When the Rickey family learned that Harrison Ford would portray former Dodgers general manager Branch Rickey in the movie “42,” they were disappointed.
“There was a previous production that was somewhat developing, and Robert Redford was supposed to be cast as my grandfather,” Pacific Coast League president Branch Rickey III said. “Everybody in our family could see how Robert Redford, with some of his mannerisms and ways that he goes about some of the characters he’s portrayed, could carry off my grandfather very successfully.
“When Indiana Jones was suddenly named as the probable lead, I think everybody in our family suddenly said, ‘Whoa! This isn’t going to work.’ And it’s a shame that they would pick somebody that’s so distinctively different from my grandfather.”
But after seeing “42,” Rickey III — who was at Cashman Field on Wednesday for the Cashman Center’s 30th anniversary reception — changed his mind.
“When I came out of the movie, I just shook my head,” he said. “I just couldn’t believe that Harrison Ford had applied himself that rigorously. He went back and tried for the authenticity of recreating Branch Rickey. He does an amazing job.”
In 1945, Rickey became the first executive to break baseball’s color barrier when he signed Jackie Robinson, who became the big leagues’ first African-American player.
The film, which has received good reviews, chronicles Robinson’s first season with the Brooklyn Dodgers in 1947.
“It’s kind of a reawakening of the events of 1945 to ’47,” Rickey III said. “It’s really bringing back to life the achievement. I think it’s a remarkable movie.”
Rickey III has seen the film, which opened Friday, four times, attending two premieres in New York — at the invitation of Rachel Robinson, Jackie’s 90-year-old widow — and in Los Angeles, which he attended with 23-year-old actress Kelley Jakle, Branch Rickey’s great-granddaughter who plays the role of Alice in the film and who sang “God Bless America” at Dodger Stadium on Monday in honor of Jackie Robinson Day.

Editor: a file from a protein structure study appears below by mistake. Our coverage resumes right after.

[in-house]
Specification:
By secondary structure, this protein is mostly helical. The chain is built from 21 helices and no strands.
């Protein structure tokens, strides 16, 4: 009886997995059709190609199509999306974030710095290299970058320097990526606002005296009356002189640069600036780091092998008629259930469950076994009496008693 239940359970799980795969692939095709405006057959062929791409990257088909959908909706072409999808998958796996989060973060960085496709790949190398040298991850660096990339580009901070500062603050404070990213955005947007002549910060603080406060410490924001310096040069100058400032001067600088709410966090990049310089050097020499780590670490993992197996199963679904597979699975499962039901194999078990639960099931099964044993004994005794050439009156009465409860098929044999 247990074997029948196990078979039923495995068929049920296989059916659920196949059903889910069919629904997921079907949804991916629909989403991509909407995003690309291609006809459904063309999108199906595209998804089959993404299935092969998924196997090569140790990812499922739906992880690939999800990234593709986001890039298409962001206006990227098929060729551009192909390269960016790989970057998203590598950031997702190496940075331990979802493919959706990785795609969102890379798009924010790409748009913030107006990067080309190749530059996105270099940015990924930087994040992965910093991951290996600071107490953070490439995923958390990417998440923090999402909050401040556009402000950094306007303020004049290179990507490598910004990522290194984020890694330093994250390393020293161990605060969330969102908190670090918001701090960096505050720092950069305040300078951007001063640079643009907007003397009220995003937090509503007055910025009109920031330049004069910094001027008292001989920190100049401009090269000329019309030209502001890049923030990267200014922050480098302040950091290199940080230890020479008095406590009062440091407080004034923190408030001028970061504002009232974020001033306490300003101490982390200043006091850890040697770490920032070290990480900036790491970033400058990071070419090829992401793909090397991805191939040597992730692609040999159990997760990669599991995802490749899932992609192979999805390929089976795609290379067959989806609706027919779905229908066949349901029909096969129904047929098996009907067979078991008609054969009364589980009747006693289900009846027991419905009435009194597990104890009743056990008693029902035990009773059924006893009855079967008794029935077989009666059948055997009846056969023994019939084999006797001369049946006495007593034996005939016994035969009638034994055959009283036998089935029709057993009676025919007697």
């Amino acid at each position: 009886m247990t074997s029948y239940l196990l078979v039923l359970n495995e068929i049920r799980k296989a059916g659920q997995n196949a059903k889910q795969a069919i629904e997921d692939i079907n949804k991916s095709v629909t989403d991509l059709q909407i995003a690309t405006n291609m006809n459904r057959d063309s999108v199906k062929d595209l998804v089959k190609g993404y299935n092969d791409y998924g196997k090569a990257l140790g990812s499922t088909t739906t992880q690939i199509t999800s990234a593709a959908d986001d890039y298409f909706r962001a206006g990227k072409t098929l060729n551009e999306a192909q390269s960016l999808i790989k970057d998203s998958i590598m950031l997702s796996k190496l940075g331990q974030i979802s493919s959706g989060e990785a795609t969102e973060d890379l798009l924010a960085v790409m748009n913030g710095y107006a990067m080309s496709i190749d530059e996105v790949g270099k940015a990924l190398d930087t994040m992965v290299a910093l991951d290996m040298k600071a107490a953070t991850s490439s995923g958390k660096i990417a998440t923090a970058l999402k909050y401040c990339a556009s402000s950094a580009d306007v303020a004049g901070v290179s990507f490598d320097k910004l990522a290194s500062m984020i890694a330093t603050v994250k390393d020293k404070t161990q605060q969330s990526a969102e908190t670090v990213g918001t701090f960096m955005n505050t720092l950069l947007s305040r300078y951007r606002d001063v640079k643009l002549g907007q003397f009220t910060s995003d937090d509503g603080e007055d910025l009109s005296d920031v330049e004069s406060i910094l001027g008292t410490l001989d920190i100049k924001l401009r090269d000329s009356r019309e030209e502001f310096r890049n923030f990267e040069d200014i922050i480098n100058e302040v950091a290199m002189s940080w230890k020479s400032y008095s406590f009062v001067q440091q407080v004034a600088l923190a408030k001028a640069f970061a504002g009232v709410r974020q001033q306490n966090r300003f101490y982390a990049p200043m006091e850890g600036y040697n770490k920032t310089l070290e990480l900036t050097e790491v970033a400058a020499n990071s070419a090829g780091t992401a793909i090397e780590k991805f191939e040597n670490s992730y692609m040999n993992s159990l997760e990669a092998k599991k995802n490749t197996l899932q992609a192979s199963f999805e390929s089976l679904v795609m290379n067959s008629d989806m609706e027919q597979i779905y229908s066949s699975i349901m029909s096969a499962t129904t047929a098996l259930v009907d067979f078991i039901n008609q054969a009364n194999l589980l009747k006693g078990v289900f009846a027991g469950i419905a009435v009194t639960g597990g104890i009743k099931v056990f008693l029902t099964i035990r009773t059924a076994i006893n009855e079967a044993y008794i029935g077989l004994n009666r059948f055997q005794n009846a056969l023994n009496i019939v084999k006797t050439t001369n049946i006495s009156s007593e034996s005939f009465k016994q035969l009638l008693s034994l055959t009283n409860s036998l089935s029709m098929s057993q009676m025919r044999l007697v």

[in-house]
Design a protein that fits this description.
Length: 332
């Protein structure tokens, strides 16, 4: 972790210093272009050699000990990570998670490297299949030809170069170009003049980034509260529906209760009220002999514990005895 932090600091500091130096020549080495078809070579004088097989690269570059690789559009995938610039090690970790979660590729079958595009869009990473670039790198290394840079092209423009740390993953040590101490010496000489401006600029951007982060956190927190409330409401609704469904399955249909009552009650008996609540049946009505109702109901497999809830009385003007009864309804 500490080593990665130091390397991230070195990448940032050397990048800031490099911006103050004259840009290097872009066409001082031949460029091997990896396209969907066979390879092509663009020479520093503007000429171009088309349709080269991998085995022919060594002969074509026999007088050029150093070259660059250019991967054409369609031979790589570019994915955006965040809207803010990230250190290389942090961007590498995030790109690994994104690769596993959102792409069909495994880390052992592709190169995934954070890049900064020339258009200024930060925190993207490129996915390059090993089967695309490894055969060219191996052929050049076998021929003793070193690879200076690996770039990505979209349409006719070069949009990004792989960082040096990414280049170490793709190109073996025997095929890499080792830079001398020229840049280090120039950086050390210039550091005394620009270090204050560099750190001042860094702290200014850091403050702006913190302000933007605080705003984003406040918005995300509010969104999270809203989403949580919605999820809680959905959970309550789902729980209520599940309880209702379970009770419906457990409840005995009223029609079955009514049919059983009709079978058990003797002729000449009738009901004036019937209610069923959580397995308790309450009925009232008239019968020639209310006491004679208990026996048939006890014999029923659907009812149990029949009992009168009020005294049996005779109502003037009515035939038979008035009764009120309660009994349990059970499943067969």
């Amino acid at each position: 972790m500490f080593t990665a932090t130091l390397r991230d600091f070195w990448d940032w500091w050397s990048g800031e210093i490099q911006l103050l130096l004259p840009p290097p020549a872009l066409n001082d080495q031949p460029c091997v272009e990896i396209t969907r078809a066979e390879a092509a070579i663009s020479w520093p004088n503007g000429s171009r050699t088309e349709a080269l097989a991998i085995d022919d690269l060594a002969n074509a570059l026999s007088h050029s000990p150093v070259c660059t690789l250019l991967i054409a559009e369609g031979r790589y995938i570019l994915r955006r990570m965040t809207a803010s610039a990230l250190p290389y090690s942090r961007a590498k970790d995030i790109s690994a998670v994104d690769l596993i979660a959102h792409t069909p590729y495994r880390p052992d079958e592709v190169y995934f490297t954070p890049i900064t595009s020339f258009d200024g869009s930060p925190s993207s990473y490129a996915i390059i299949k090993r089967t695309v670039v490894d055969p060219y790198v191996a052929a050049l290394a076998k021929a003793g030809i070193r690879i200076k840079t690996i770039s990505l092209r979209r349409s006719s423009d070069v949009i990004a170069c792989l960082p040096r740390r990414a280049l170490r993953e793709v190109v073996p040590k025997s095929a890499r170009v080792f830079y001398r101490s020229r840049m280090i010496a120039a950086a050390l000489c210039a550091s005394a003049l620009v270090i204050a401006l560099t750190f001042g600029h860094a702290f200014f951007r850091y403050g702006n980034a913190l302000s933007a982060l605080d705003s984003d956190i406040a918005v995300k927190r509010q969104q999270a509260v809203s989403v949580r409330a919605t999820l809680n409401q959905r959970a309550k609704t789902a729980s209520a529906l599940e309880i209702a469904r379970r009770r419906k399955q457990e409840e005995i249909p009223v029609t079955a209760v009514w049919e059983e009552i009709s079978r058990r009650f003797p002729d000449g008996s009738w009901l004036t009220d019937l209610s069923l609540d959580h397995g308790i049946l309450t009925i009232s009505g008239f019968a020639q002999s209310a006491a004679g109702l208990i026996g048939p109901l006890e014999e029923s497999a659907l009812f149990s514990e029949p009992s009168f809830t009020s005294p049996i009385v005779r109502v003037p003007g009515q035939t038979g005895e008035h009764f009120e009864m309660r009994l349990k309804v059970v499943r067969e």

Rickey III was 19 when his grandfather died in 1965, five years after his father, Branch Rickey Jr., passed away. He was very close with both men.
“From the time I was 6, I lived across a farm pasture from him,” he said of his grandfather. “I ran across the pasture, it seemed like, every day and on the weekends several times a day. I had a special relationship with my grandfather. I really did. He was very, very important.”
Rickey III, whose full name is Branch Barrett Rickey, went by Barry until after he graduated high school, when his grandfather asked him to start using his first name.
“He came up to me and said, ‘Son, I’d like you to start using your given first name and carry on my name,’ ” he said. “That was a big jump for me, because Barry is a very easy common name. You start going up to people and say call me Branch, it’s a hard first name.
“It’s still difficult because that name, Branch Rickey, has slipped some from sports awareness over the years.”
Thanks to “42,” the Rickey name is back in the spotlight, alongside Robinson’s. The two names forever will be linked, and the two families remain close.
While Rickey III, 67, was invited to be an adviser on the proposed film starring Redford, he declined an offer to take part in “42” in a gesture of respect toward Rachel Robinson — who, while discussing the Redford movie with Rickey III over lunch one day, told him, “I don’t want a Branch Rickey movie. I want a Jackie Robinson movie.”
“I have Rachel on such a high pedestal,” Rickey III said. “She’s the only person I’ve ever described as American royalty, and I hold her in that regard. I wanted her to have the movie exactly as she wanted, so I did not participate.”
Rickey III sent an email to a group of 79 family members explaining his decision not to take part in the film.
“I said, ‘You have to understand this started with a handshake in 1945,’ ” he said. “The trust between the Rickey and Robinson families has evolved from that, and it has never been violated.”
Contact reporter Todd Dewey at email@example.com or 702-383-0354.